For taxpayers, the outcome is a big question mark, and the uncertainty can make property owners fearful.
The conventional wisdom of reassessments is that one-third of the properties see their valuations increase by about the same percentage as the county average, and that one-third will see greater percentage increases and one-third will see lesser percentage increases.
However, as Ratledge notes, property owners have a natural tendency to overvalue their own holdings, “so they’re always scared that theirs is going to go way up.”
So, he explains, while two-thirds of the property owners are likely to feel no harm from the results of a reassessment, it’s their fear of being part of the one-third that sees a significantly higher tax bill that gets transmitted to lawmakers, which makes them reluctant to advocate a reassessment.
Another complicating factor, according to Ratledge and Robert Silber, finance director for the Christina School District, is that valuations of commercial and industrial properties can have a disproportionate effect on school tax revenues. (These properties account for about one-quarter of the assessed valuation in New Castle County.)
In recent years, in Delaware and nationwide, they say, owners of such properties have gone to local governments, and to the courts if necessary, to challenge assessments, especially if there has been a change in the property’s use. In the 2018 fiscal year, Silber noted, the owners of the DuPont Building in downtown Wilmington, home of Chemours and The Playhouse, succeeded in gaining an $8.4 million reduction in its assessed value, costing the Christina district about $200,000 a year in tax revenue. In the Brandywine School District, decreased valuations of the AstraZeneca campus on Concord Pike, Tri-State Mall and the former Evraz Steel complex in Claymont and the closed DuPont Edge Moor plant have reduced tax revenues by about $2 million a year, Superintendent Mark Holodick says.
While Ratledge contends that such revaluations are appropriate because they place properties at closer to their true value, Silber says they enable large businesses to trim their tax liabilities and transfer that burden onto other taxpayers, primarily homeowners.
While this portion of the court case has many possible outcomes, people familiar with the suit, no matter what their legal perspective, point to a possible solution that would likely work better than what the counties have now: a system of rolling assessments like the one Maryland uses now.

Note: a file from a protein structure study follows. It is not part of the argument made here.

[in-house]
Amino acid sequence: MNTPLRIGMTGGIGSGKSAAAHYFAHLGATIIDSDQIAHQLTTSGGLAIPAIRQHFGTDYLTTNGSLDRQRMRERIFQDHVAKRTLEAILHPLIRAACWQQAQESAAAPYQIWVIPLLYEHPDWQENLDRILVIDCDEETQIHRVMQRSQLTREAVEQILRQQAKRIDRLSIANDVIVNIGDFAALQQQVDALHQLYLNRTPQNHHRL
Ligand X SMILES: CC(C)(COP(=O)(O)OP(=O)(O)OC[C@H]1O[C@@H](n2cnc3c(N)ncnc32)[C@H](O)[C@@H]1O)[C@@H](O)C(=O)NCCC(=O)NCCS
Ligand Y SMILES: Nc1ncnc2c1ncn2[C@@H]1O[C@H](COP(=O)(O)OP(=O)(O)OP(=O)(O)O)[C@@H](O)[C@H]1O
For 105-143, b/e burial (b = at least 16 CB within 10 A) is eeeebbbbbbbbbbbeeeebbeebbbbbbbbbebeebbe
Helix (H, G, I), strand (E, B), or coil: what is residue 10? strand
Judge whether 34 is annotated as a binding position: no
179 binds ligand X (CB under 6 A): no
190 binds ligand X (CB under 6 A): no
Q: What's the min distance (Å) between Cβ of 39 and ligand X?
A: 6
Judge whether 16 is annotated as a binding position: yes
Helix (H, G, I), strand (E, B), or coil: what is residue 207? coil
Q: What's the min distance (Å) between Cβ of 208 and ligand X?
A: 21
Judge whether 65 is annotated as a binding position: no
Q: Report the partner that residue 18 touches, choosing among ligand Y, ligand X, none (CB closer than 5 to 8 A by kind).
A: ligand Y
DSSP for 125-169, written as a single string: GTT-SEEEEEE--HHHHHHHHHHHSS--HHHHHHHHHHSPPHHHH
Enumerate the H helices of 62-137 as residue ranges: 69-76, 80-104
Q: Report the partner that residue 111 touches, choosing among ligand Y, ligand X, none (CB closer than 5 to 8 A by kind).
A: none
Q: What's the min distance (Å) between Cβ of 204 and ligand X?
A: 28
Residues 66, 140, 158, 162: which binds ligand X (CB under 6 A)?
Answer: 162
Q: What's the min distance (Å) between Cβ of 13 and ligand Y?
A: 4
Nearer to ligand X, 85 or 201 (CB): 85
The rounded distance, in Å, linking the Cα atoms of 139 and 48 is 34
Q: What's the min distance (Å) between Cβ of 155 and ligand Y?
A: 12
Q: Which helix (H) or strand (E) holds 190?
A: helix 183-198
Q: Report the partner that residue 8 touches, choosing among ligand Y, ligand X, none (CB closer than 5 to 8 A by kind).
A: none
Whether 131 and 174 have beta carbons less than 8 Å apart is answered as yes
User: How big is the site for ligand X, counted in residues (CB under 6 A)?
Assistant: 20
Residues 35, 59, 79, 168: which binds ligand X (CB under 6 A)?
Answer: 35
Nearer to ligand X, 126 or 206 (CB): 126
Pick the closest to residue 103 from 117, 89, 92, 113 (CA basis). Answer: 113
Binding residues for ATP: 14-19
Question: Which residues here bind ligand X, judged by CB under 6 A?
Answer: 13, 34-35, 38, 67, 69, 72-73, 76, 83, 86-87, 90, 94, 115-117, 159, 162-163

In Maryland, one-third of the properties in the state are reassessed each year, and the new assessment is phased in on a three-year cycle. One example, provided by New Castle County’s Office of Property Assessment, describes what happens in a property assessed at $100,000 is reassessed at $130,000. In that case, the property owner pays taxes on an assessed value of $110,000 the first year after reassessment, on $120,000 in the second year, an on $130,000 in the third year.
In a rolling assessment system, valuations would change with the real estate market, and if valuations gradually moved upward, that would reduce the pressure on local governments and school boards to frequently increase their tax rates.
The best way to conduct a reassessment is to do it statewide, and to have the state issue revenue bonds to fund it, Ratledge says. That would be fairer to the counties, he adds, because they shouldn’t have to shoulder the cost when more than two-thirds of the property tax revenue collected in the state goes to the school districts.
Reassessment, Ratledge says, “is a messy project” but failure to reassess “is not good government.”
And, Tack-Hooper adds, “given how badly out of whack things are now, almost any reasonable effort is going to be more fair than what we have today.”
Correction: This piece initially indicated state law allows counties to increase their tax rate by 15 percent in the year a reassessment takes place. In fact, state law allows counties to increase their tax revenue by 15 percent in the year a reassessment takes place. Delaware Public Media apologies for the error.